Experimental cerebral malaria is associated with profound loss of both glycan and protein components of the endothelial glycocalyx
Research output: Contribution to journal › Journal article › Research › peer-review
Casper Hempel, Jon Sporring, Jørgen Anders Lindholm Kurtzhals
Vascular pathology is central to malaria pathogenesis and associated with severity of disease. We have previously documented shedding of the cerebral endothelial glycocalyx in experimental malaria and hypothesized that this action is implicated in the pathogenesis of cerebral malaria (CM). Quantification and characterization of the intraluminal vascular glycocalyx are technically challenging. Here, we used ferritin labeling, computerized image analysis, and biochemical characterization by using in vivo biotinylation and pull down. Image analysis divided mice with CM and uncomplicated malaria and uninfected control mice into 3 non-overlapping groups. Biochemical assessment of the luminal surface revealed malaria-induced alterations in all components of the glycocalyx in CM. This loss was mirrored in increases of the same components in peripheral blood samples. Corticosteroid treatment protected against CM, reduced inflammation, and prevented glycocalyx loss. Adjunctive antithrombin-3 also prevented glycocalyx loss and significantly reduced CM-associated mortality, as well as reduced local inflammation and prevented blood–brain barrier leakage. In contrast, inhibition of matrix metalloproteases with batimastat had limited effects on the glycocalyx and disease progression. Thus, glycocalyx loss may be associated with malaria pathogenesis and could be targeted by adjunctive treatment.—Hempel, C., Sporring, J., Kurtzhals, J. A. L. Experimental cerebral malaria is associated with profound loss of both glycan and protein components of the endothelial glycocalyx.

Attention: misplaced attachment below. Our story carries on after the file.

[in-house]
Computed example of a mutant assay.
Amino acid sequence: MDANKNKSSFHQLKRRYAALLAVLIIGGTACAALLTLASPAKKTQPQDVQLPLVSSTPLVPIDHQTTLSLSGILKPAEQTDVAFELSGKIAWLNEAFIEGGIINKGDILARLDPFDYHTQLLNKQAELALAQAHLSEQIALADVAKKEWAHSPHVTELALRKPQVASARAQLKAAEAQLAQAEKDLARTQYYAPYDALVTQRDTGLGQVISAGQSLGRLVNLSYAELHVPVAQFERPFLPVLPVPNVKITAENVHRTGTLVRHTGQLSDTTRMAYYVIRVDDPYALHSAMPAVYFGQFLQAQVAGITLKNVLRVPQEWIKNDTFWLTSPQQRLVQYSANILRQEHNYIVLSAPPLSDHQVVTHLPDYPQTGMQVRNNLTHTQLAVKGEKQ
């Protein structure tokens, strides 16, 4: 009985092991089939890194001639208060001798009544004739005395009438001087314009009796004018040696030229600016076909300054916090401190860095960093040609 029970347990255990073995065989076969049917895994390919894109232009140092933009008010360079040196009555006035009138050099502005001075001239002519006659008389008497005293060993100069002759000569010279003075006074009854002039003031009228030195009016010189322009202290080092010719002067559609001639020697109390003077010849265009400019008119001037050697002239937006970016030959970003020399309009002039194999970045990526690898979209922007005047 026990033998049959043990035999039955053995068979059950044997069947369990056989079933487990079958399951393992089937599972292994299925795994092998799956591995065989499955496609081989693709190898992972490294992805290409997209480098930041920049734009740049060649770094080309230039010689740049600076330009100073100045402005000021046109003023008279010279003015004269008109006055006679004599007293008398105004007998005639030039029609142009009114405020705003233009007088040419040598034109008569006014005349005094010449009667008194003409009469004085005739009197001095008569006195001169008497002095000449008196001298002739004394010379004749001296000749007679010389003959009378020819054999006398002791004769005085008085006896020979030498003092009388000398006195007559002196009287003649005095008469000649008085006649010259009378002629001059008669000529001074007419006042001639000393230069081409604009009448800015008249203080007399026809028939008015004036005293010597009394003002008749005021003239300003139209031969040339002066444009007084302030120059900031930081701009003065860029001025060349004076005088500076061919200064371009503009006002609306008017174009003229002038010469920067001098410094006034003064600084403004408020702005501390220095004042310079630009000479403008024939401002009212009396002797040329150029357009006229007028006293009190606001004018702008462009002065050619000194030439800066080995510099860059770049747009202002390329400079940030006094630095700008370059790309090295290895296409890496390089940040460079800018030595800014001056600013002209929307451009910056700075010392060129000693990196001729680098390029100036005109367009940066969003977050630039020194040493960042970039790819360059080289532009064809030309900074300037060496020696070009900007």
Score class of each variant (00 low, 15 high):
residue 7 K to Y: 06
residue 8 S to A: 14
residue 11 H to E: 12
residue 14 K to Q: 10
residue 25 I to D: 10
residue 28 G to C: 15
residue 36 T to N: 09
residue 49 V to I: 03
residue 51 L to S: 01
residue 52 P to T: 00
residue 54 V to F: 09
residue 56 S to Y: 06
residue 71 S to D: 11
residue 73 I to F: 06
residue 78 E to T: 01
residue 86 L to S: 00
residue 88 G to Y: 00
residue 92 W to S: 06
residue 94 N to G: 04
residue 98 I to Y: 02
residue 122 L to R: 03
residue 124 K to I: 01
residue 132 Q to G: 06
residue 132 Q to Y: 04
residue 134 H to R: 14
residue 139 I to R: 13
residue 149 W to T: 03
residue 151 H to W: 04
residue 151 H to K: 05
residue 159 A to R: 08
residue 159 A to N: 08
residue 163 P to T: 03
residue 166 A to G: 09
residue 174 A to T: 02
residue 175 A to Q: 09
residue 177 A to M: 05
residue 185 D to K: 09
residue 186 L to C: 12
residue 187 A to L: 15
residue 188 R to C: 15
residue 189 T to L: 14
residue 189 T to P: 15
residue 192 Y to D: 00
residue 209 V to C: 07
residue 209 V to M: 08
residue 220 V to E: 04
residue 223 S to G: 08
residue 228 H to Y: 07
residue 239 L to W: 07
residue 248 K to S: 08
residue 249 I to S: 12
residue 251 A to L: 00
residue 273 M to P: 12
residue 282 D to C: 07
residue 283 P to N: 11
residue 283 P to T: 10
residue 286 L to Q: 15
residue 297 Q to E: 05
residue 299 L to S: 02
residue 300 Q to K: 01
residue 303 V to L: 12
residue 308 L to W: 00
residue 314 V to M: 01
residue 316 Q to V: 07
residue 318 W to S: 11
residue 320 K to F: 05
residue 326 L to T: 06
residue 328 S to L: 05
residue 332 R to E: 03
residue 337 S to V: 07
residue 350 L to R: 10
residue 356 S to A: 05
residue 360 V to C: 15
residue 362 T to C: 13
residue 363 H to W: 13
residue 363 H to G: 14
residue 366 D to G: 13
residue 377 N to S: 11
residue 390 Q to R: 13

|Journal||F A S E B Journal|
|Publication status||Published - 2019|